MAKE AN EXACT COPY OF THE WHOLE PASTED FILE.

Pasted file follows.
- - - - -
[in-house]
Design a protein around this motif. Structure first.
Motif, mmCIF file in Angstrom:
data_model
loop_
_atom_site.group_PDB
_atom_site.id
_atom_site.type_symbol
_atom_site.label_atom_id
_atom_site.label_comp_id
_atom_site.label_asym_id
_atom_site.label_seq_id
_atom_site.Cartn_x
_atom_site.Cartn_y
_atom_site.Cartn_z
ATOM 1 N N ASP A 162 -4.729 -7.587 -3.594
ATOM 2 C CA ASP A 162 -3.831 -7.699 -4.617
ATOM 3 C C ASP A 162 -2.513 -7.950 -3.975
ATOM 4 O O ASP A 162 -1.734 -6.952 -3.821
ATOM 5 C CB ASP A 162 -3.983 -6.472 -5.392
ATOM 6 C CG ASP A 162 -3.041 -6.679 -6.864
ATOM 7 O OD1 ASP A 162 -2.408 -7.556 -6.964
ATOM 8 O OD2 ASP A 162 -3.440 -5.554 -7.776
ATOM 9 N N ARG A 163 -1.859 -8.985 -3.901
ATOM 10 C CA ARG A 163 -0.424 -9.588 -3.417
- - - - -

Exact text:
[in-house]
Design a protein around this motif. Structure first.
Motif, mmCIF file in Angstrom:
data_model
loop_
_atom_site.group_PDB
_atom_site.id
_atom_site.type_symbol
_atom_site.label_atom_id
_atom_site.label_comp_id
_atom_site.label_asym_id
_atom_site.label_seq_id
_atom_site.Cartn_x
_atom_site.Cartn_y
_atom_site.Cartn_z
ATOM 1 N N ASP A 162 -4.729 -7.587 -3.594
ATOM 2 C CA ASP A 162 -3.831 -7.699 -4.617
ATOM 3 C C ASP A 162 -2.513 -7.950 -3.975
ATOM 4 O O ASP A 162 -1.734 -6.952 -3.821
ATOM 5 C CB ASP A 162 -3.983 -6.472 -5.392
ATOM 6 C CG ASP A 162 -3.041 -6.679 -6.864
ATOM 7 O OD1 ASP A 162 -2.408 -7.556 -6.964
ATOM 8 O OD2 ASP A 162 -3.440 -5.554 -7.776
ATOM 9 N N ARG A 163 -1.859 -8.985 -3.901
ATOM 10 C CA ARG A 163 -0.424 -9.588 -3.417